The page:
Introduction, background to and context of the project

The section should provide a general introduction to the topic, a review of the relevant literature, the specific aims and objectives of the project, and the structure of the project. The content of this section will depend on the nature of the project you are undertaking but many of these elements will be relevant to most projects. You can put this material into more than one chapter or divide one chapter into sections. Writing the text is likely to be an iterative process and it may need to be substantially revised after the results of your work are available. Give yourself time to do this.

This section should start with a short introduction to the topic as a whole, setting the scene in terms of its importance in the field of public health or epidemiology.

This should lead on to a review of the relevant literature to set the background and context for your work and present the current state of knowledge and ideas around the topic and what their strengths and weaknesses are. The context will show the gaps in information and so the need for the study.

Finally, this section should clearly and explicitly state the aims and objectives of your project, and you may also need to give some guide to the overall structure of the work you have carried out within your project if this is not self-evident.

A few notes regarding the review of the relevant literature:

your use of the literature for this introductory chapter will be different to a “Systematic Review of the evidence”, unless that is the sole purpose of the dissertation.  A systematic review focuses on a single question or narrow topic, and tries to identify, appraise, select and synthesize all evidence relevant to that question.

The use of the literature in your dissertation, on the other hand, will be broader - sufficiently broad to encompass the relevant literature and evidence relating to your topic. For example, you may need to consider presenting definitions, policy and strategy documents, “gold standard” practice used in audits, symptoms, diagnosis, treatment and management of a condition as well as epidemiological evidence, evaluations and the results of other investigations into the topic and that relate directly to your study. For example, if you are evaluating the impact of a smoking cessation initiative you will need to report evidence of the impact of previous smoking cessation initiatives.

Whilst you need to ensure that you have incorporated all the major relevant information and evidence, you do not need to provide all the detail on your search strategy, nor on every piece of information or evidence that you have identified. Rather, the emphasis is on selecting relevant material and critically appraising and synthesising the information and evidence that you have identified to “tell the story” that led to why you chose the aim and objectives of your study.

Therefore, the purpose of writing this section is to convey to your reader what knowledge and ideas have been established on a topic, and what their strengths and weaknesses are, and in particular your literature review needs to:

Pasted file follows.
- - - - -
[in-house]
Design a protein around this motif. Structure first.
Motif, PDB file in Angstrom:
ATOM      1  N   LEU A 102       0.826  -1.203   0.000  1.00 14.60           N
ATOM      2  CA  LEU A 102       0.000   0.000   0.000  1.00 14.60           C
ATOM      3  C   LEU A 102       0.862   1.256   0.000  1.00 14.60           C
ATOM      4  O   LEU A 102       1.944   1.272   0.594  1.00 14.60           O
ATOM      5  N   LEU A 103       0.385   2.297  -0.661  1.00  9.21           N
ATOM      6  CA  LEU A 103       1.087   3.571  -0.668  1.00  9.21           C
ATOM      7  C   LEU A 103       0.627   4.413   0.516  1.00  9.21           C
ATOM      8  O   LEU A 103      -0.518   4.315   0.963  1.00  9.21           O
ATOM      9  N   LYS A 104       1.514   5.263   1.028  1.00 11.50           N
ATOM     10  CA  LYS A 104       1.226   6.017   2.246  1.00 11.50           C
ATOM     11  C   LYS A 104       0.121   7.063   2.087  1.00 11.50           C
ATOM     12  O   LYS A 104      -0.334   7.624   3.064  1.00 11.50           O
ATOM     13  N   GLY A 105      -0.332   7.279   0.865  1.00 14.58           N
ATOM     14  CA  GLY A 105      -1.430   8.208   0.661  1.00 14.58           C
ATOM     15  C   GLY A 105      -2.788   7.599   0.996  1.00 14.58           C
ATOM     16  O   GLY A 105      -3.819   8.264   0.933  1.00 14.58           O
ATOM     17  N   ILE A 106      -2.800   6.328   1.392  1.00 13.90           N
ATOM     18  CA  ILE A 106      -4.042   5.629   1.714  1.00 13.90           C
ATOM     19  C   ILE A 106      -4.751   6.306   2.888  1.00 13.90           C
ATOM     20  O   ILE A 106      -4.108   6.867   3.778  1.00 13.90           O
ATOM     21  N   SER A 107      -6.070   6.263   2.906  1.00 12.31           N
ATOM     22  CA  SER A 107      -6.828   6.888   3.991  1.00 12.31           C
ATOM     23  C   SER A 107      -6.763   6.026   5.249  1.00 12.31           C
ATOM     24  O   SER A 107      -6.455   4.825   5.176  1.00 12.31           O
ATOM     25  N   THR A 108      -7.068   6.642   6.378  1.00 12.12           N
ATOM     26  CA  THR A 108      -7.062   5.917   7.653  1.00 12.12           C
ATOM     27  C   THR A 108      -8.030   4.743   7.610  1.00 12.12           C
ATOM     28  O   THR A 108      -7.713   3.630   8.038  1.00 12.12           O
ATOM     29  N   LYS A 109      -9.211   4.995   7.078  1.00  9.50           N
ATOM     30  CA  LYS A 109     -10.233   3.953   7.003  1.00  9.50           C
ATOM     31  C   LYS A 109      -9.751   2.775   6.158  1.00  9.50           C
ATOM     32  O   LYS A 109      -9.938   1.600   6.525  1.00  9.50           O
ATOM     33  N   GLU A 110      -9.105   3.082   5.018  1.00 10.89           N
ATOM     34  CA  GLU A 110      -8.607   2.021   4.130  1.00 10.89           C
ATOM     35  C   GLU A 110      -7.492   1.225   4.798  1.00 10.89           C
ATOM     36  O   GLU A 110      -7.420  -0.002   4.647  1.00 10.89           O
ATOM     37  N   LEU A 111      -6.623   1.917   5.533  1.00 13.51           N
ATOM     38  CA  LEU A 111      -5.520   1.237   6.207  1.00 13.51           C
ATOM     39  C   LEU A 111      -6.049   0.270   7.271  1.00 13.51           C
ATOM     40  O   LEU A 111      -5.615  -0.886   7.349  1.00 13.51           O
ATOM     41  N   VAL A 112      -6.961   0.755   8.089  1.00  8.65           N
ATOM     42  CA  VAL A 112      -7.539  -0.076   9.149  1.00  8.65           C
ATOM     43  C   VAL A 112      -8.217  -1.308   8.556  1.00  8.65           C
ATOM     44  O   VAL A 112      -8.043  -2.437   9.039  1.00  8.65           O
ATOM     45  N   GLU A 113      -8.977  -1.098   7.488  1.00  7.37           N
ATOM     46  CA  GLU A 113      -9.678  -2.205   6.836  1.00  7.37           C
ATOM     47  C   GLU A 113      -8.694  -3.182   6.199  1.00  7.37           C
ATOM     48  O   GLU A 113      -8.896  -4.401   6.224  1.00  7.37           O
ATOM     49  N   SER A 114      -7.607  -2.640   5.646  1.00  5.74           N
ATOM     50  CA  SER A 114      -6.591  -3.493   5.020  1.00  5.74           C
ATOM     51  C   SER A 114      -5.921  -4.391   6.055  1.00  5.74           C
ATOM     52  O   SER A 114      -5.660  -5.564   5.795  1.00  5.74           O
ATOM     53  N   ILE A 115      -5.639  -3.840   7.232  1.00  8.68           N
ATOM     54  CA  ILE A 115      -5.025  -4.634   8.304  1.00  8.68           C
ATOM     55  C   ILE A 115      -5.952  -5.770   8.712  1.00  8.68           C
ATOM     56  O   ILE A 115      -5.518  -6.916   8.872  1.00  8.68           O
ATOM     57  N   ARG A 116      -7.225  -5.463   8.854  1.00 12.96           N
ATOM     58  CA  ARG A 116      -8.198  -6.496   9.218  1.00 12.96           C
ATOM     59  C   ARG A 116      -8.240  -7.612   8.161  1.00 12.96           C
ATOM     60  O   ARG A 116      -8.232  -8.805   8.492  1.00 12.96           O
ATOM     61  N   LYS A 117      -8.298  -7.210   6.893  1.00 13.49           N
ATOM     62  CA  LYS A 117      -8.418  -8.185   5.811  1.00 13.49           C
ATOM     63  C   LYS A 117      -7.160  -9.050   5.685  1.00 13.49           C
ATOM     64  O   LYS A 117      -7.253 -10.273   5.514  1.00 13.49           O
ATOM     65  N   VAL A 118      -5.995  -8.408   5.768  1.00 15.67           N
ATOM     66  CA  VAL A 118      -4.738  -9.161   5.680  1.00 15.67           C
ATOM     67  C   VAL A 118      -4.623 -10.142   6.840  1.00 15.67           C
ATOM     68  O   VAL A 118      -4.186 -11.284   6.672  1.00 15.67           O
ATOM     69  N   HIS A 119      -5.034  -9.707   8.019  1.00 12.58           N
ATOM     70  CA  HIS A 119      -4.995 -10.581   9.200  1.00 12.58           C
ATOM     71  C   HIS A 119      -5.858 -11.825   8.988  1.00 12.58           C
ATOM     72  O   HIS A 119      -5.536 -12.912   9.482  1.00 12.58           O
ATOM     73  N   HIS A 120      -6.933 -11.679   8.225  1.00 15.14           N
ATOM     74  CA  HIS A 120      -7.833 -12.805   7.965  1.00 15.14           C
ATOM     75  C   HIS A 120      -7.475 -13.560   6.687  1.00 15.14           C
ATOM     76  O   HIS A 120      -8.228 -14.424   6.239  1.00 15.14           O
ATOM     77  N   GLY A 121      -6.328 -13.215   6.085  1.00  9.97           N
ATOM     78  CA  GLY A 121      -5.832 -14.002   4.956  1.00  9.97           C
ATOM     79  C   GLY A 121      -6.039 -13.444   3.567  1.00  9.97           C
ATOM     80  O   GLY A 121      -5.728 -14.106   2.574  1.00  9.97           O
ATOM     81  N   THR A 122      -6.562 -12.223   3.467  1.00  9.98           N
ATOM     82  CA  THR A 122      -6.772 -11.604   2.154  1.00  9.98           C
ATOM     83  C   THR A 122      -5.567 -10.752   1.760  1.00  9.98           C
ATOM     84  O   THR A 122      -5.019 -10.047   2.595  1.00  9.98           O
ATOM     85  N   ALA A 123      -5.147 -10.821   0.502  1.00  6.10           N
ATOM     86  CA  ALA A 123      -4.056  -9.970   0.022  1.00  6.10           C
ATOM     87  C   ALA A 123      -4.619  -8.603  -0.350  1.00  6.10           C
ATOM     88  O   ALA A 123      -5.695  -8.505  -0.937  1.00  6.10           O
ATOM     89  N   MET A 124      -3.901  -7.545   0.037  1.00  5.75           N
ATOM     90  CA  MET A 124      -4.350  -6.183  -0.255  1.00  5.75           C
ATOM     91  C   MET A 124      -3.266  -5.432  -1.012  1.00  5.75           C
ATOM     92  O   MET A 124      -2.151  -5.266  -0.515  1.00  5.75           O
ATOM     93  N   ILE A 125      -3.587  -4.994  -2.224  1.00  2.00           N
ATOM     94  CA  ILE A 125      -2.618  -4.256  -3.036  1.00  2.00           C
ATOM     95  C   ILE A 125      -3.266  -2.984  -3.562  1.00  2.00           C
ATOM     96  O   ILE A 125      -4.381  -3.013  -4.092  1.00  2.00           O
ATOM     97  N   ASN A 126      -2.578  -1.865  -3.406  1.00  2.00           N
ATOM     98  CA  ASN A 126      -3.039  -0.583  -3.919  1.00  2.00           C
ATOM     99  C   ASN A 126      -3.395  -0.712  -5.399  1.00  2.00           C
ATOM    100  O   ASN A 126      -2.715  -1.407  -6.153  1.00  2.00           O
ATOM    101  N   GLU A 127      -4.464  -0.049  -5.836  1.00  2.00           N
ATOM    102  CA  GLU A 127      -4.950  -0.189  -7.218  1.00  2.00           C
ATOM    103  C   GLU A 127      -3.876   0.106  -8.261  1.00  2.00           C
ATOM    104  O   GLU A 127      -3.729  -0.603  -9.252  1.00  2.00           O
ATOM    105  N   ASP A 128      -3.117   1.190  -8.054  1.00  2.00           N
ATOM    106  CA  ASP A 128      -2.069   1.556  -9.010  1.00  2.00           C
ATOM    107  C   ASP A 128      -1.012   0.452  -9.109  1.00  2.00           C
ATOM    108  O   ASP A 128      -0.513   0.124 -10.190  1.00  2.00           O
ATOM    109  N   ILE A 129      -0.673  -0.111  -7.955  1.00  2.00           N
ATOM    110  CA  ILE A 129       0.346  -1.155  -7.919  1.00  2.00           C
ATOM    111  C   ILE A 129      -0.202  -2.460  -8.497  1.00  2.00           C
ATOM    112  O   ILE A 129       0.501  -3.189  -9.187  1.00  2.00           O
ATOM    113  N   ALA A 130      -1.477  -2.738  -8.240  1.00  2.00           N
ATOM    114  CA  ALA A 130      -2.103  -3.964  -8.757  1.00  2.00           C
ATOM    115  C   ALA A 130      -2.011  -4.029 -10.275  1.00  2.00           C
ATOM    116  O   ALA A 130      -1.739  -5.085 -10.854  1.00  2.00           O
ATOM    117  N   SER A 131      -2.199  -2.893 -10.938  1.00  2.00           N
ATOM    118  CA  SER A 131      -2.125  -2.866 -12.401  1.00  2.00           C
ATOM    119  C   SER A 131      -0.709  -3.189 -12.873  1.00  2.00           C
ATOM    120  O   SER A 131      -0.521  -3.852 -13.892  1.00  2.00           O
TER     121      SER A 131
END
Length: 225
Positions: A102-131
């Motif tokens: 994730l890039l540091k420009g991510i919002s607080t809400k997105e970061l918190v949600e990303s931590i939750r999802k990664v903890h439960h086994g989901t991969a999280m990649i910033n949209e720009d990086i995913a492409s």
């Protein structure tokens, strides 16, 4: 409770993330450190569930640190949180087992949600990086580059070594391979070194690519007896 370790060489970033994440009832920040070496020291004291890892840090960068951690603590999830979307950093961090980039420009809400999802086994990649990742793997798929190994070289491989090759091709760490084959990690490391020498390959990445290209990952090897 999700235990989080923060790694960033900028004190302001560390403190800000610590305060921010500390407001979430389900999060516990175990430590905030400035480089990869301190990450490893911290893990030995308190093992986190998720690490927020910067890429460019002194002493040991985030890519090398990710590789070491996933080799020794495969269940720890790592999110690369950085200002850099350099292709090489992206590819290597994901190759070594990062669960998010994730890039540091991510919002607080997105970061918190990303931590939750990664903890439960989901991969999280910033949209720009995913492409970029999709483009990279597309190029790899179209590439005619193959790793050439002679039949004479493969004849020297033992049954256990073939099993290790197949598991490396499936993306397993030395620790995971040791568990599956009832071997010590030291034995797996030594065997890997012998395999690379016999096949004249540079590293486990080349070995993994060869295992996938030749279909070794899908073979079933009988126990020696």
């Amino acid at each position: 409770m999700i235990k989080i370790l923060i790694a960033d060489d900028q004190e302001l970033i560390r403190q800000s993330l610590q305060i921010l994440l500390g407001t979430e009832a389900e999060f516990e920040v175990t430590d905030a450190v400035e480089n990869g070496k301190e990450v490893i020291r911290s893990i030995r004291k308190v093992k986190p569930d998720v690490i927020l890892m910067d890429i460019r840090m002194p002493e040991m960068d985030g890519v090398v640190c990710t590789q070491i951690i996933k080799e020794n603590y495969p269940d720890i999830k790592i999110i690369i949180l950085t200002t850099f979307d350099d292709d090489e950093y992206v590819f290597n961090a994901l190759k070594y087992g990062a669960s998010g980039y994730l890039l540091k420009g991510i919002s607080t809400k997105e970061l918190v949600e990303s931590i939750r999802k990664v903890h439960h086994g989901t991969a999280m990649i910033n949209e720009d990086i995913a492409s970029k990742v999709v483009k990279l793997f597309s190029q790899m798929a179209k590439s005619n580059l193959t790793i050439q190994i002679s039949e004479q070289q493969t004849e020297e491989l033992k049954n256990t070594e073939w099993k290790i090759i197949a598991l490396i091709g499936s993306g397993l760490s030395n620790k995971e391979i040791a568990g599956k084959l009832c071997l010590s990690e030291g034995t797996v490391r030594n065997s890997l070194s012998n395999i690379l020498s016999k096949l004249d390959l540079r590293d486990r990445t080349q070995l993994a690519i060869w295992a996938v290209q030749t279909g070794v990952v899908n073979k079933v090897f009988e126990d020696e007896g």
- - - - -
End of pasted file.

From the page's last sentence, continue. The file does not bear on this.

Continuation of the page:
• be organized around and related directly to the precise topic you are studying
  • synthesize the results into a summary of what is and is not known
  • identify areas of controversy in the literature
  • lead seamlessly towards, and justify, your aims and objectives.

In writing the literature review, your purpose besides enlarging your knowledge about the topic, is that it lets you gain and demonstrate skills in three areas:

  1. information seeking: the ability to scan the literature efficiently, using manual or computerized methods, to identify a set of useful articles, books, published data, reports etc.
  2. critical appraisal: the ability to identify unbiased and valid studies. Internal and External Examiners are highly critical of students who do not demonstrate this skill.
  3. synthesis of information/evidence: the ability to draw the information and evidence together to provide an appropriate and relevant summary of the key points, including areas where the current evidence supports or contradicts any ideas or hypotheses that you are testing in your project.

You may find it helpful to start from a broad scope but you should then narrow the focus to the information and evidence that is most relevant to your project. You will probably have read very widely around the subject, but resist the temptation to include everything, regardless of its relevance. Be selective, and ensure that the literature is directly relevant to your aim and objectives. For example, if the work is about malaria in childhood then use the early introduction to tell the reader that this is the focus of the work. You then do not need to tell the reader anything about the epidemiology of malaria among adults.

Note that, if one of the aims of your project is to conduct a systematic review of the evidence in an area of public health, then clearly you will need to ensure that your methods and results section include details of the search strategies and their results. For this type of project, the introductory chapter will, as described above, have a broader focus than the systematic review itself, and set the scene for the systematic review.

If you are unclear about whether or not, or how, to integrate and structure a systematic review, revise the session run by Dr Jo Leonardi-Bee, or talk to your supervisor.